Home‎ > ‎

Panel from Crystal Bridges Museum of American Art: "Integration of Art, Nature, and Architecture"

Team members of Crystal Bridges Museum of American Art  in Bentonville, Arkansas will discuss the experience of enhancing and creating the 120-acre wooded grounds of the Museum through the use of native cultivars, the development of trails, the state-of-the-art plant guides and web-based app for the enjoyment of  hundreds of thousands of visitors annually.  Open since 11.11.11, Crystal Bridges has become a national cultural destination known for the successful integration of art, nature and architecture that has been visited by people from all over the world.  Panelists:  Scott Eccleston, Director of Facilities, Clay Bakker, Trails and Grounds Manager and Cody George, Horticulturalist,  Facilitated by Sandy Edwards, Deputy Director.

Sandy Edwards

Since Sandra (Sandy) Keiser Edwards arrived in Northwest Arkansas in 1998, she has been passionately and tirelessly committed to improving the quality of life in the region, placing emphasis on education and the arts.

Sandy is in her seventh year as Deputy Director for Crystal Bridges Museum of American Art. Prior to this appointment, Sandy served as Associate Vice Chancellor for Development at the University of Arkansas for nine years. She and her late husband, Clay, served as the management team for University Development directing the one billion dollar + Campaign for the Twenty-First Century.  In 2007, Sandy was made an honorary alumna of the university by the Arkansas Alumni Association.

Sandy’s previous work has emphasized art and education as well. She served as Director of Development for Outreach and Cooperative Extension at the Pennsylvania State University, a post she held from 1992 to 1998. She created the first comprehensive advancement program in the field of continuing and distance education at a public university. She was part of the management team that created Penn State’s World Campus, a virtual university for students at a distance from the physical location. Prior to her involvement in the field of development, she was a major concert promoter, a performing arts presenter, and an arts administrator, exemplifying her ongoing commitment to the arts and arts funding.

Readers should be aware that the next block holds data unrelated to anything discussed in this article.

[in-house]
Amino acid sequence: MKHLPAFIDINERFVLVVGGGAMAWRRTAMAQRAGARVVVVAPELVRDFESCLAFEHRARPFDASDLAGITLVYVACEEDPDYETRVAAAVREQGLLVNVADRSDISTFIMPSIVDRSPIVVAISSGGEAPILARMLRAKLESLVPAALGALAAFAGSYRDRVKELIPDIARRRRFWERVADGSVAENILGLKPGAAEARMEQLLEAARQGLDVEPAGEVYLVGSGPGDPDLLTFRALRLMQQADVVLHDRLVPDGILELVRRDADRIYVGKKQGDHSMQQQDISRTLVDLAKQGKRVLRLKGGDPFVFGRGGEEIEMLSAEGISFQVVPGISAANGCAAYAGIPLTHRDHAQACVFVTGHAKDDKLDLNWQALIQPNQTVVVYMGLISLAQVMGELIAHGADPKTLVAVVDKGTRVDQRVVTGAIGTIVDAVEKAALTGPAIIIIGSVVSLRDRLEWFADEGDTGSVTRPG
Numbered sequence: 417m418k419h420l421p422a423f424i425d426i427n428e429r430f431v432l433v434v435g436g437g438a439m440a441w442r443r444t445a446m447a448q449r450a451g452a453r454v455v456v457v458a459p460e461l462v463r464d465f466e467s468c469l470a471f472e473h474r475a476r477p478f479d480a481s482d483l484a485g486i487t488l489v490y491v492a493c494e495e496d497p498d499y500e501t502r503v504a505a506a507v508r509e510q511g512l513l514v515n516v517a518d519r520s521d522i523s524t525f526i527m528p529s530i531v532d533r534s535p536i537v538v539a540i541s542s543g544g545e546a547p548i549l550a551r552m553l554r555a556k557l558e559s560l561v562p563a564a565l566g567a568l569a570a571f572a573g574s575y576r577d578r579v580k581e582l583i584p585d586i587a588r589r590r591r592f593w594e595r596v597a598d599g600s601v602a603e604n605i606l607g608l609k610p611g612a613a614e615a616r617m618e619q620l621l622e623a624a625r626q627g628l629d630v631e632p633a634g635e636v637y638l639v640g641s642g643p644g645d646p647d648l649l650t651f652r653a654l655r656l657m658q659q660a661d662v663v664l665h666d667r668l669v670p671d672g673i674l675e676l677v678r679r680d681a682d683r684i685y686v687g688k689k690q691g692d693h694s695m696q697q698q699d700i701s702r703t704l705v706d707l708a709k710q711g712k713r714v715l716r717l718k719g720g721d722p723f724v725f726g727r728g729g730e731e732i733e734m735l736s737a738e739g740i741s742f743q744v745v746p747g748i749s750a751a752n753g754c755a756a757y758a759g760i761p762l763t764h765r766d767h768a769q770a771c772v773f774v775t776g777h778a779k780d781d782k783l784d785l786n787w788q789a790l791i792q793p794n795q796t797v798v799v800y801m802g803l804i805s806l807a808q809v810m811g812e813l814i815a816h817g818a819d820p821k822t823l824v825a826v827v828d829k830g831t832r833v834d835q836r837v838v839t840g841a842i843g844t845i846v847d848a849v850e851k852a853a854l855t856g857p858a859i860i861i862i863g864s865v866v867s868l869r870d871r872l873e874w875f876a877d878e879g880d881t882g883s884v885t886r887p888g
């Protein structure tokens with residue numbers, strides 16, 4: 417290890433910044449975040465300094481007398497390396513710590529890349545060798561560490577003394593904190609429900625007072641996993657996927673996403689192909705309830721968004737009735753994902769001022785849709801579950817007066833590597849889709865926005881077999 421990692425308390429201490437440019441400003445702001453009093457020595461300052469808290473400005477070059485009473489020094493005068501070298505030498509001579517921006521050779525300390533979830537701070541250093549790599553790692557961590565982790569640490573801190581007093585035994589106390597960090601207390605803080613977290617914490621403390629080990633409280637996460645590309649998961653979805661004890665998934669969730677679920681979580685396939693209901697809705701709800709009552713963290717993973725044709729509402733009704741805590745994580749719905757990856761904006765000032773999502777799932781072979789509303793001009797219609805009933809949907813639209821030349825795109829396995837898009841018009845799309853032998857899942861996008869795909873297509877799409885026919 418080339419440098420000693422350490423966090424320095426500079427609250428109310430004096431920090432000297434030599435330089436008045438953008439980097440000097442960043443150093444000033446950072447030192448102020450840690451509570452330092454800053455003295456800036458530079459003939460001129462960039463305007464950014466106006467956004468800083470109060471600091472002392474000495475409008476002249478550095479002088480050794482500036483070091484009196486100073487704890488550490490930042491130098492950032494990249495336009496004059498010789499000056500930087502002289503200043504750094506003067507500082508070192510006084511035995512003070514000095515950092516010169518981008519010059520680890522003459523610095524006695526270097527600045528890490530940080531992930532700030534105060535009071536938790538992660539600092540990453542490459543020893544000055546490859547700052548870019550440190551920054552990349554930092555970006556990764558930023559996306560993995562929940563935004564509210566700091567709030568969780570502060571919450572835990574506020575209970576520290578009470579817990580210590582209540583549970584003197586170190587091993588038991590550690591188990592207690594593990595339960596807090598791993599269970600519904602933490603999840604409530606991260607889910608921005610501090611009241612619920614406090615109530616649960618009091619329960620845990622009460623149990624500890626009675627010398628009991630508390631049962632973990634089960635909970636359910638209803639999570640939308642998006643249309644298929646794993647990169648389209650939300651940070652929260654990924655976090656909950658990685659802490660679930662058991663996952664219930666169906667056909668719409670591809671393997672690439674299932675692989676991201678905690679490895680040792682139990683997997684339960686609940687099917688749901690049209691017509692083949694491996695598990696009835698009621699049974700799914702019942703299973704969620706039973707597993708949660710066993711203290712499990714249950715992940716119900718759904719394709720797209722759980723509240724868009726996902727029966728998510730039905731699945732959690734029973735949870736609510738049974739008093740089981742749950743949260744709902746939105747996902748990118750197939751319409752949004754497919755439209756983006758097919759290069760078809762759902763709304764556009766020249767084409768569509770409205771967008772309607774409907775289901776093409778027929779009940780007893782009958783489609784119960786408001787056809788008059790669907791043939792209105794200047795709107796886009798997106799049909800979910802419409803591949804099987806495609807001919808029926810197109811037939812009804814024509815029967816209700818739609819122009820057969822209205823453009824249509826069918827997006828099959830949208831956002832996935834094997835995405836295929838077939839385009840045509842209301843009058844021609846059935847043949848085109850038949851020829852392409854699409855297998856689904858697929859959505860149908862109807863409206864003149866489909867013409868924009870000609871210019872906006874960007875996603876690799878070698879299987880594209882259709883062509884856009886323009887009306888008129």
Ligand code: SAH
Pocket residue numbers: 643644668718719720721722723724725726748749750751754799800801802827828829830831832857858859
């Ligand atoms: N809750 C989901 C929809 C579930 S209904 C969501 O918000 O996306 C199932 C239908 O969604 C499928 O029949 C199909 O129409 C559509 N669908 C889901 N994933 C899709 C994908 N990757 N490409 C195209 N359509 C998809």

She holds a bachelor’s degree from Lenoir Rhyne College in Hickory, N.C., and a master’s degree from Western Illinois University, where she has been honored as a Distinguished Alumna and received an Honorary Doctorate of Humane Letters.

Scott Eccleston

Since 2008, Scott Eccleston has played a key role in the master planning, implementation, and ongoing maintenance of the Museum’s 120-acre Ozark woodland site. He was instrumental in the creation of the more-than 3.5 miles of trails that provide guests with access to the Museum’s beautiful landscape. Designed to spark the imagination, the trails help guests form connections to the land and its history, as well as enjoy outdoor artworks.

As Director of Operations, Scott oversees the operations and maintenance of both the 201,000-square-foot Museum and the extensive Trails and Grounds system, which comprise 120 acres. He has overseen the reconstruction on the Museum grounds and landscaping of Frank Lloyd Wright’s Bachman-Wilson House, which has been relocated from its original site in New Jersey to Crystal Bridges.

Born in Bartlesville, Oklahoma, Eccleston began a career in landscape at age 14. By age 17, he became the youngest manager of grounds responsible for maintaining the Phillips Petroleum campus located in Bartlesville.  By 1993, he had received a bachelor’s degree in landscape architecture from Oklahoma State University and completed an internship with the National Park Service at Indiana Dunes National Lakeshore.